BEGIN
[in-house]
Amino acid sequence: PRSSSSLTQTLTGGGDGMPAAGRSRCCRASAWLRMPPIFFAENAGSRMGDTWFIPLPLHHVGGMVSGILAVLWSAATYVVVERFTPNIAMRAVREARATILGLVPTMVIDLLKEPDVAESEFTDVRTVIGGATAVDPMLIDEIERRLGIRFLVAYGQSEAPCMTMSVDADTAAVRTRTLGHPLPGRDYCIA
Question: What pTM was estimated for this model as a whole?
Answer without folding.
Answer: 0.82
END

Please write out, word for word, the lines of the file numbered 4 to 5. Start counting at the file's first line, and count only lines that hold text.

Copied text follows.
Answer without folding.
Answer: 0.82